But there is really only one sport that stands out as the true national sport, native sloop sailing. The reason that native sloop sailing - and by extension sailing in general - stands mast ahead of all the other categories of sports activities is because the Bahamian sloop is found only in The Bahamas.

Native sloop sailing is the only sport that is completely unique to The Bahamas. We own this sport. We created it. We take pride in it. We did not borrow someone else’s game or their rules for competition. We did not model our field or our rules after anyone else’s. We built these boats from scratch. We rigged their masts and attached their booms. We designed those masts to defy physics, in A Class twice as tall as the vessel is long. A 28-foot boat with a 55-foot or greater mast and no winches to grind, just sheer physical strength and steely teamwork at a start line, pulling anchor, hoisting a massive mainsail going into the wind, finding clear air, avoiding crashes and calamities.

We own this playing field, the waters of The Bahamas. We did not borrow or beg this idea from anywhere else. We created the sport and we set the rules. There is nowhere else in the world where the spectacle of these majestic wooden sloops with the wind filling their ivory-toned canvas-like sails, the team hiked out on a pryboard to steady the boat and keep her afloat – exists, all of it a dramatic image, surging into our memories as a sight and a sport that cannot be seen anywhere else.

The idea of sailing becoming the national sport was first proposed – officially – when Zhivargo Laing was a Minister of State. A group that consisted of the late Roy Bowe, Lundy Robinson, Danny Strachan, Philip McPhee, Larry Phillips, Jimmy Lowe and others including the Dunkley brothers presented the proposal almost 20 years ago. There have been other attempts at gaining funding for junior sailing and for sailing programmes that will guarantee the survival of the sport. Most funding requests have met with the same lack of fortune as the initial proposal but perhaps the timing was just not right. The urgency to claim that which is ours and which provides a sense of pride that swells our hearts feels current.

We are very good at celebrating the wins our sailors bring home.

We spent a year honouring Sir Durward Knowles as he marked his 100th birthday and there would have been no doubt that he would be top of any heroes list, the country’s Olympic star, bringing home the gold along with crew Cecil Cooke in the 1964 Star Class Sailing championship in Seoul, South Korea.

We congratulate our legendary sailors like Sunfish world champion Donnie Martinborough whose 20th Century record eight-time Bermuda win can never be broken. We’ve watched those like the late Robert H “Bobby” Symonette bring home the honours in his Sloop John B and more recently Gavin McKinney winning the 5.5 Metre Worlds in France with two other Bahamians, Mark Holowesko and Peter Vlasov, finishing second.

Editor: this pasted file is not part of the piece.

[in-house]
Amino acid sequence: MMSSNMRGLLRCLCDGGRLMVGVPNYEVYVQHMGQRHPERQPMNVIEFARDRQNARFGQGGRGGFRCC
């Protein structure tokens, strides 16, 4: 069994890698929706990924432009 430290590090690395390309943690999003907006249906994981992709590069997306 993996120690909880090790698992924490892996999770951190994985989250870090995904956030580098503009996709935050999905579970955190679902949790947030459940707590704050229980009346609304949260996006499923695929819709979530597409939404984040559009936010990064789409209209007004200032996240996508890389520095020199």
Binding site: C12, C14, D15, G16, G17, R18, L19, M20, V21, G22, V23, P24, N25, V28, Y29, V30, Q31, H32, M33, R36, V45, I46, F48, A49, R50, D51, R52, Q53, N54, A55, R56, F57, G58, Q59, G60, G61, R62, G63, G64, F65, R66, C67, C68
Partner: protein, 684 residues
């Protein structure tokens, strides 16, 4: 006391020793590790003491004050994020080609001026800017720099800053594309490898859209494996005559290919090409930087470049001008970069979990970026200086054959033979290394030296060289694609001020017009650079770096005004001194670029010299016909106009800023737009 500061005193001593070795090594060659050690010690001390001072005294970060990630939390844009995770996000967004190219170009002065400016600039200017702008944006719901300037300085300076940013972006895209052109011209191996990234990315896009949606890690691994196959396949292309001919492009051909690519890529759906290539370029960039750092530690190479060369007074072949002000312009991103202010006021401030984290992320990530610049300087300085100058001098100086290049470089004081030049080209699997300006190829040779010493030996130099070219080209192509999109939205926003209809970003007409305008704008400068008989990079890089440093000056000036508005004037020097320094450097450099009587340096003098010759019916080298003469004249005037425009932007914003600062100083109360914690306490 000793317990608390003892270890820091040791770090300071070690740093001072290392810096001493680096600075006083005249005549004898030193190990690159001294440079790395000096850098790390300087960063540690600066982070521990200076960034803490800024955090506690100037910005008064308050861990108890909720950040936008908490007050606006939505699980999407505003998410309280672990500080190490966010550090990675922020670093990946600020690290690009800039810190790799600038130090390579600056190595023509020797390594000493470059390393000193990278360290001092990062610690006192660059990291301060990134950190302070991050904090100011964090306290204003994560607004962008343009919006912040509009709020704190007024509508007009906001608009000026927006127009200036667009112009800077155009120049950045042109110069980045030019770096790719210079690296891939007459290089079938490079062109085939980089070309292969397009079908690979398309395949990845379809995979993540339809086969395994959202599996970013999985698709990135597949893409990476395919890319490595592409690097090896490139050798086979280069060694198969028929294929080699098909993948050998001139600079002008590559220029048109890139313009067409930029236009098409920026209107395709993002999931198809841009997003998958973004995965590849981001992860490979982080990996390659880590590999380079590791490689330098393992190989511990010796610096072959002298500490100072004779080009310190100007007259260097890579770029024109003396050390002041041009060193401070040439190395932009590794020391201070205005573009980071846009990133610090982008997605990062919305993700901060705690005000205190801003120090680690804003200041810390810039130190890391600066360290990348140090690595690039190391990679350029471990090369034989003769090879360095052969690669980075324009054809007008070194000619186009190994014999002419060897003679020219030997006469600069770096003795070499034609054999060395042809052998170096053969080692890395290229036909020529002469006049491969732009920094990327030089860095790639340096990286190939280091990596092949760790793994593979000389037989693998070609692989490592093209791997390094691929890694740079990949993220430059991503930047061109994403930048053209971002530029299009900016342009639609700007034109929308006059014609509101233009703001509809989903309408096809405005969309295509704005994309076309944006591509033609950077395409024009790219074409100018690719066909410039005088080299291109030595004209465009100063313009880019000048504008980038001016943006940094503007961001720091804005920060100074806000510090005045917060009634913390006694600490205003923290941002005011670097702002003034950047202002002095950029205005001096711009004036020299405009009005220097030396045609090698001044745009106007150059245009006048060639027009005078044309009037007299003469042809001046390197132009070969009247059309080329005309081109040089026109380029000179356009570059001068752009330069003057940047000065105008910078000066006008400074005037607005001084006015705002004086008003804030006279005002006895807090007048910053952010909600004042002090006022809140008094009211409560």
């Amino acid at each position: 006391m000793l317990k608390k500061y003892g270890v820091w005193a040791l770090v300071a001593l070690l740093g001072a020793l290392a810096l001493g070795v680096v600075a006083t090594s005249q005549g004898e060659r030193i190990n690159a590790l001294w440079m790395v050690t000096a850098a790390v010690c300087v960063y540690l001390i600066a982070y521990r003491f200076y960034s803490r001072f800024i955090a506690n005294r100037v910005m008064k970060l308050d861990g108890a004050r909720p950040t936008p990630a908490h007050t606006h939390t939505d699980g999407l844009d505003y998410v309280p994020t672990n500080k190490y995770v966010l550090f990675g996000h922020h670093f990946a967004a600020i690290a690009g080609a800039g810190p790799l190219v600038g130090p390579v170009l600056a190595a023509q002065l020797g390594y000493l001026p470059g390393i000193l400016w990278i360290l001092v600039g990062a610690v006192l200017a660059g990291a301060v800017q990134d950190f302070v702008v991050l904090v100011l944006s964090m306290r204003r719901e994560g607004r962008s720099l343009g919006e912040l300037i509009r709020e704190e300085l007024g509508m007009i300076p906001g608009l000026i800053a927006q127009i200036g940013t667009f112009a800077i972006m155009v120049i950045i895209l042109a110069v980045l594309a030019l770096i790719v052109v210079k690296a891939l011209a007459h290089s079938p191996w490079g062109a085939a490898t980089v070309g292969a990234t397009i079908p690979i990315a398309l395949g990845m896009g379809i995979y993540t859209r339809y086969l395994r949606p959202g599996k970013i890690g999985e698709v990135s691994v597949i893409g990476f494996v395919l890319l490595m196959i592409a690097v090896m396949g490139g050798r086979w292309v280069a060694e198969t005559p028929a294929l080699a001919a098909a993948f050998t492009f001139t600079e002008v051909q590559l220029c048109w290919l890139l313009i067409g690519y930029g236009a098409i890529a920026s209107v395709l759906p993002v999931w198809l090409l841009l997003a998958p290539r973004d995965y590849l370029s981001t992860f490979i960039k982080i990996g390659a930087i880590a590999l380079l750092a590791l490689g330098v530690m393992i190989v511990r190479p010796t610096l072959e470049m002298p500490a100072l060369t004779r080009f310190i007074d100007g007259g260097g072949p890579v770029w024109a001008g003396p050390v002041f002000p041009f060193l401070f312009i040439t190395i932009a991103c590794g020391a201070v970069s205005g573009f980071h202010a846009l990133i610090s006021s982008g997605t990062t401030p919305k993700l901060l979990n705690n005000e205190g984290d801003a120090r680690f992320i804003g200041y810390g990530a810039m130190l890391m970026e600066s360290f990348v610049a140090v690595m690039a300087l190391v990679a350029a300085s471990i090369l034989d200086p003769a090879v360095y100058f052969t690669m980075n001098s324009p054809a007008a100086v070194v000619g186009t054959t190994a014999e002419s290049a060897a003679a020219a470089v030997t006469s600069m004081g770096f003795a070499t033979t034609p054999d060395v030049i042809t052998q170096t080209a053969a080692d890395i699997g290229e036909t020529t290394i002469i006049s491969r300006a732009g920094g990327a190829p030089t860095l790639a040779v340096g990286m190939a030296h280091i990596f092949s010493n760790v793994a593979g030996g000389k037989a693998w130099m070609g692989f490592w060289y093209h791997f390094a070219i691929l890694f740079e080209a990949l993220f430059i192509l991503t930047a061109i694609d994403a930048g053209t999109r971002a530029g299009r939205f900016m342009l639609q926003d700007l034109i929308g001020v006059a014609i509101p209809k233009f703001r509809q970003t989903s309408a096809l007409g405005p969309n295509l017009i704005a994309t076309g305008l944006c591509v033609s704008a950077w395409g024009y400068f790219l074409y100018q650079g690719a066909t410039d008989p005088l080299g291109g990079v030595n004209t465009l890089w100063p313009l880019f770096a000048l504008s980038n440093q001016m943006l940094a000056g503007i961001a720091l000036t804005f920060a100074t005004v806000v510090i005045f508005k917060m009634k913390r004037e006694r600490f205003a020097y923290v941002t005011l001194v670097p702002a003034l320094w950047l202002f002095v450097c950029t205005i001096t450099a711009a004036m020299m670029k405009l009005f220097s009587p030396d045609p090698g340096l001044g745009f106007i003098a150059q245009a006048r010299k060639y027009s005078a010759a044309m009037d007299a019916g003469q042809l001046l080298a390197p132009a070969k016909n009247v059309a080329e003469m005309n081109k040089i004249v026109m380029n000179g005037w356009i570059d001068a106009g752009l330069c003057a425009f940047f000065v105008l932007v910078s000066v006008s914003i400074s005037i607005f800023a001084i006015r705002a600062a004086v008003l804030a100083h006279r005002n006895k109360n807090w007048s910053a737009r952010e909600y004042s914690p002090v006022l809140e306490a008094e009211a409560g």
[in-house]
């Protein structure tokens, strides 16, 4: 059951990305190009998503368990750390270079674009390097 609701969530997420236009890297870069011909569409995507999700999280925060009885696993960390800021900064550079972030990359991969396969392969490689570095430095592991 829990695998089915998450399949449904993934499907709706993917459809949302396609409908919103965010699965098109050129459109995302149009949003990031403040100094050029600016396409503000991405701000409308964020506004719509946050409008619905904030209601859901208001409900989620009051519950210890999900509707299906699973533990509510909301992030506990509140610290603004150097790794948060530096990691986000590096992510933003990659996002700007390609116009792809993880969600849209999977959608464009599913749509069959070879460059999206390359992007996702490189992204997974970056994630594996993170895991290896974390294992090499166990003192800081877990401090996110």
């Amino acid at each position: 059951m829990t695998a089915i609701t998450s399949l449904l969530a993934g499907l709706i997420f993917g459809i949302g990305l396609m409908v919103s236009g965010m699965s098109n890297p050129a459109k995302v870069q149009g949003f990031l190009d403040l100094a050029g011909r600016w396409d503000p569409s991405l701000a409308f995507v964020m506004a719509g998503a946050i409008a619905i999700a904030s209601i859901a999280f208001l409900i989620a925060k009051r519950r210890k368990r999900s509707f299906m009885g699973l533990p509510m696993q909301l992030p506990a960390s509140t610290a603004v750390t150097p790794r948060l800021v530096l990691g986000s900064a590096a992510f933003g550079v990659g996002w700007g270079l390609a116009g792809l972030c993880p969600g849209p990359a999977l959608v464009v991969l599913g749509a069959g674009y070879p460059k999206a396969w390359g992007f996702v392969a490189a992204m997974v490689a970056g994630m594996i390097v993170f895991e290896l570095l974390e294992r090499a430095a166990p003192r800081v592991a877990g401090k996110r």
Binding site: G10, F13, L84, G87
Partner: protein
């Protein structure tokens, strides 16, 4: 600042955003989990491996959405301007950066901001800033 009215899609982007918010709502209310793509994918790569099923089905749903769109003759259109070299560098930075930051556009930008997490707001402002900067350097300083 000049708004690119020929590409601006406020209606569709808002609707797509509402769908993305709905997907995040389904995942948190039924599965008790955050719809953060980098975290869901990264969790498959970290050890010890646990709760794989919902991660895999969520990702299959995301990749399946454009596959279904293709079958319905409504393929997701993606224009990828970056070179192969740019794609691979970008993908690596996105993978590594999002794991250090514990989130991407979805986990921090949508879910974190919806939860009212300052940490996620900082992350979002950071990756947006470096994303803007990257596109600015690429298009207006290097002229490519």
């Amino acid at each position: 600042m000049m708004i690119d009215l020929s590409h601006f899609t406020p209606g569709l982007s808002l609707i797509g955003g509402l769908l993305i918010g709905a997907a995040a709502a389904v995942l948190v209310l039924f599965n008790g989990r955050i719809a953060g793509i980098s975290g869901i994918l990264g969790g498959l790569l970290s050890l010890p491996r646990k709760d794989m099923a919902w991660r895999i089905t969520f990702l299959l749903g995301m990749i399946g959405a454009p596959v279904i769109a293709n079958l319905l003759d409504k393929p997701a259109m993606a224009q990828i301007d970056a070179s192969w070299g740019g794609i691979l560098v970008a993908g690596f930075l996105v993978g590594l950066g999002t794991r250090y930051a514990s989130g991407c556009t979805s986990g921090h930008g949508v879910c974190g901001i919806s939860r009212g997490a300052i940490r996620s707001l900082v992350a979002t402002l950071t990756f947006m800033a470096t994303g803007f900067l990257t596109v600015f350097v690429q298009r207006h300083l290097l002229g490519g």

Four times The Bahamas has been number one in sailing in the world and yet cricket remains the national sport – officially.

Sailing is an integral part of the history not just nationally but globally with The Bahamas as the gateway to the New World. It is a history we too often neglect and too rarely emphasise. Let us get on with naming the waters the Lucayan Sea, creating a visual history we can see and touch along with the waterfront of New Providence and other historic landmarks where history unfolded and let us, please, enjoy cricket at the pitch and sailing as our national sport. This is a race the nation can win.


hrysippus 4 years, 1 month ago

Good column, it all makes sense to me.


tetelestai 4 years ago

Wonderfully written article. Impeccable research. Premise supported with logic and fact. But, sailing is not the national sport of The Bahamas...period. Shouldn't the national sport of a country be, oh, a sport that is pervasively played by the inhabitants of said country?..be understood by inhabitants of said country? Sailing does not represent that, in fact, the very arguments that the author so, factually, uses to refute the notion of cricket as our national sport can easily be applied to sailing.
At this point, unequivocally, track and field has to be viewed as our national sport. After all, we have reached the highest level of excellence in this discipline, the sport is widely practiced throughout the Commonwealth - by a true representation of the Bahamian demographic - and, I would argue, outside of politics and Junkanoo, is the single greatest source of achievement and inspiration for our country (Golden Girls, Golden Knights, Tommy Robinson, Laverne Eve, Shonell Ferguson, Frank Rutherford, Neville Wisdom (yes!), Tonique Wiliams, Stephen Gardiner, Shaunae Miller, Devynne Charlton, Andretti Bain, Leevan Sands...).


sheeprunner12 3 months, 3 weeks ago

In a country that is 70% obese, the national sport is EATING